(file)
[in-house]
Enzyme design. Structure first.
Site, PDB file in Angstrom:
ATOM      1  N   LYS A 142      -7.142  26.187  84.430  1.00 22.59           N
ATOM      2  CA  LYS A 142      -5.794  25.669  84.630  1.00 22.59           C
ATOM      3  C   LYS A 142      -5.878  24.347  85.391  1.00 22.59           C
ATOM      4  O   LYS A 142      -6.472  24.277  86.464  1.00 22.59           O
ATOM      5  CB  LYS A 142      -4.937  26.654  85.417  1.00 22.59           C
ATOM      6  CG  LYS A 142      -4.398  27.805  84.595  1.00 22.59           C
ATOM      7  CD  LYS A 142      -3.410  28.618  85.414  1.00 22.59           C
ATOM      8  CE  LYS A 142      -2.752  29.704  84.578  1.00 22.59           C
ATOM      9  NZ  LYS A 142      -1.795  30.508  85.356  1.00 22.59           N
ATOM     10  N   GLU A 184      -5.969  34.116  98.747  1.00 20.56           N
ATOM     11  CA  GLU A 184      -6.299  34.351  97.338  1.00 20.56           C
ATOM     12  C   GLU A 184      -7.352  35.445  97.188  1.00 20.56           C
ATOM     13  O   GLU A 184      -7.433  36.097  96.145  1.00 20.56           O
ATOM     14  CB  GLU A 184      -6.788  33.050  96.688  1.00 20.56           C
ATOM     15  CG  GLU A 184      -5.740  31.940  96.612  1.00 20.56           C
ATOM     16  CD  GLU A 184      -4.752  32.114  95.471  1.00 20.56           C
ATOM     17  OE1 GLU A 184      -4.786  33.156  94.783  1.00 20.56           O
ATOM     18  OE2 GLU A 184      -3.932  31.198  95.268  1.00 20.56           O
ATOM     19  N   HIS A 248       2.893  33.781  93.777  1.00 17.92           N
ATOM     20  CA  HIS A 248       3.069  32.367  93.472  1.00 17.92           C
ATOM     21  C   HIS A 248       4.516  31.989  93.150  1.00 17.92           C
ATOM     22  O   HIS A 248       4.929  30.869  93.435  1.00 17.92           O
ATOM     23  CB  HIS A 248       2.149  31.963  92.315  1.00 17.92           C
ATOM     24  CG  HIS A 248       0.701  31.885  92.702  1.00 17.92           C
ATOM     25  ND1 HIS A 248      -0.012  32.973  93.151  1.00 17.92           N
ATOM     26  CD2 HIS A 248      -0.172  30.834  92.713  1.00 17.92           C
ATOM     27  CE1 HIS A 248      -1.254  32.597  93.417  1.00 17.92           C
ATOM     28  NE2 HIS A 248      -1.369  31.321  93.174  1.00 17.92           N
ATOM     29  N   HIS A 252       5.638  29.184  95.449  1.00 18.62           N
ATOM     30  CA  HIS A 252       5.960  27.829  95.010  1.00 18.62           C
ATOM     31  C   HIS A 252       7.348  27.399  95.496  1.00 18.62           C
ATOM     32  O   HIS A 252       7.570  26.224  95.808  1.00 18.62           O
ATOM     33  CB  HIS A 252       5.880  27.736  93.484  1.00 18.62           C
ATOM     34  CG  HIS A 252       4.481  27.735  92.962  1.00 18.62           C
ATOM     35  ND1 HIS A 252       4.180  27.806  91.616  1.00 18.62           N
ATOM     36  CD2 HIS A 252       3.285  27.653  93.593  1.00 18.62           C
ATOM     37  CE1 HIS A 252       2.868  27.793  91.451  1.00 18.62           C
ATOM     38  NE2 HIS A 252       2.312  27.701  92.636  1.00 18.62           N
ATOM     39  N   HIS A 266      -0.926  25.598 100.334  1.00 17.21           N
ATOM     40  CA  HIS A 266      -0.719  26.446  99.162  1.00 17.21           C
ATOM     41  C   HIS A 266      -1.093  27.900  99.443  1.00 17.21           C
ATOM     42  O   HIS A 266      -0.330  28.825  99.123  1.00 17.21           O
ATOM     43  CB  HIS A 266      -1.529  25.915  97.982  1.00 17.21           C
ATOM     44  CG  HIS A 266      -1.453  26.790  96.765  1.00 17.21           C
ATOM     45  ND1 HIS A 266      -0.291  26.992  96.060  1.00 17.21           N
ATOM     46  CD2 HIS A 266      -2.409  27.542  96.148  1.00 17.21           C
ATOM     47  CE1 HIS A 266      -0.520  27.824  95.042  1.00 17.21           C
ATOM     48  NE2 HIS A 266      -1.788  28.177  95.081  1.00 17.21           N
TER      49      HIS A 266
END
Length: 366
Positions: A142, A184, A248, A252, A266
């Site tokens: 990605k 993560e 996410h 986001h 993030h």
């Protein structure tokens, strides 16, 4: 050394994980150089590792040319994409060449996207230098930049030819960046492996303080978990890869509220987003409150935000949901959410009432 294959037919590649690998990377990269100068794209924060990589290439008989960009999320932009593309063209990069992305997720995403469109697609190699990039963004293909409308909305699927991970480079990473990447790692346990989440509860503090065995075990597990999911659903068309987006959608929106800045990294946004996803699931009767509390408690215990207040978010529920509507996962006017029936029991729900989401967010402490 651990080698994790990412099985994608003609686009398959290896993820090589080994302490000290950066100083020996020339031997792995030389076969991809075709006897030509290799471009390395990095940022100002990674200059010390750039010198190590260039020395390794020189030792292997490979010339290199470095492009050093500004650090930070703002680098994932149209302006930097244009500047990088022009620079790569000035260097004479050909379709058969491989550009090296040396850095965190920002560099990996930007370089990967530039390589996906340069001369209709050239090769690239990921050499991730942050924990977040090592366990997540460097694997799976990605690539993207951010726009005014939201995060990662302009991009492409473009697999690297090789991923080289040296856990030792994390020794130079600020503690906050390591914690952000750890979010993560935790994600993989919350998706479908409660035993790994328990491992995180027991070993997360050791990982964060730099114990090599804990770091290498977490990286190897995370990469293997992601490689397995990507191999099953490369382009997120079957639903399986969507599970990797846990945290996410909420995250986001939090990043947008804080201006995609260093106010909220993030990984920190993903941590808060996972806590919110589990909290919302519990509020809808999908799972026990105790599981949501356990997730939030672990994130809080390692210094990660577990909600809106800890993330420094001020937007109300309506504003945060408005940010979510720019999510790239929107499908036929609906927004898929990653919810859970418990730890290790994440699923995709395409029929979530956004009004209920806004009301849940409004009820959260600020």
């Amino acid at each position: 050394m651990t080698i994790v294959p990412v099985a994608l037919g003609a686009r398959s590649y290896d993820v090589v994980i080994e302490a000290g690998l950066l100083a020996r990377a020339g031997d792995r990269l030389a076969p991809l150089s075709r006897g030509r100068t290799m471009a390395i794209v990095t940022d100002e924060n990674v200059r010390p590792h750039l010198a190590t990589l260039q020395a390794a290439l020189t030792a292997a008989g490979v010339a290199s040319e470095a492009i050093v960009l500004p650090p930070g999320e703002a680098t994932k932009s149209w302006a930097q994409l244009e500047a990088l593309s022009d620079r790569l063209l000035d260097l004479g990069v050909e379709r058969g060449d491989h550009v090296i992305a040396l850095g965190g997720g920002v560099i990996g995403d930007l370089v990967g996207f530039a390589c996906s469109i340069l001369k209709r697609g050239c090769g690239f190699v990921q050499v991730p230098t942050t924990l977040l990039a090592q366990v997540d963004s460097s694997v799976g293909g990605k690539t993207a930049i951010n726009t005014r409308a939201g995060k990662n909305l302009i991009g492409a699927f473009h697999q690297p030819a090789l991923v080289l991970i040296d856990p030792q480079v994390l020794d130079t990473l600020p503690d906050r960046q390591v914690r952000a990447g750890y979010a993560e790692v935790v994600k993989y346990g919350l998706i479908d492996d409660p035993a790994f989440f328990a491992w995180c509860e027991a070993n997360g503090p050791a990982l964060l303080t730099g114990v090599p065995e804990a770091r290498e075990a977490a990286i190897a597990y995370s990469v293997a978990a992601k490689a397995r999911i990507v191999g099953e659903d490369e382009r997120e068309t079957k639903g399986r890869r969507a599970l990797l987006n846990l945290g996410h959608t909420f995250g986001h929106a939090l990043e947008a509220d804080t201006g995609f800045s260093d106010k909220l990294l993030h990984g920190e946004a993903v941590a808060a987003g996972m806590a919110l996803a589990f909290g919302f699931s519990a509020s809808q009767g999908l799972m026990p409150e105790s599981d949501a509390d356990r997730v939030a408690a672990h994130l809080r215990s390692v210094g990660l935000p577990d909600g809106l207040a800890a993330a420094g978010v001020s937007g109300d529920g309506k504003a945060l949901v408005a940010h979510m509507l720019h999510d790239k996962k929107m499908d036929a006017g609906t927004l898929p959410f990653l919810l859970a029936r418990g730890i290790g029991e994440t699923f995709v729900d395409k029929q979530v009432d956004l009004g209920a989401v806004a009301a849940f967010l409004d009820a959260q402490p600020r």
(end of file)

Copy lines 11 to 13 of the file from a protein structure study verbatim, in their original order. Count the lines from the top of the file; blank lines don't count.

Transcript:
ATOM      8  CE  LYS A 142      -2.752  29.704  84.578  1.00 22.59           C
ATOM      9  NZ  LYS A 142      -1.795  30.508  85.356  1.00 22.59           N
ATOM     10  N   GLU A 184      -5.969  34.116  98.747  1.00 20.56           N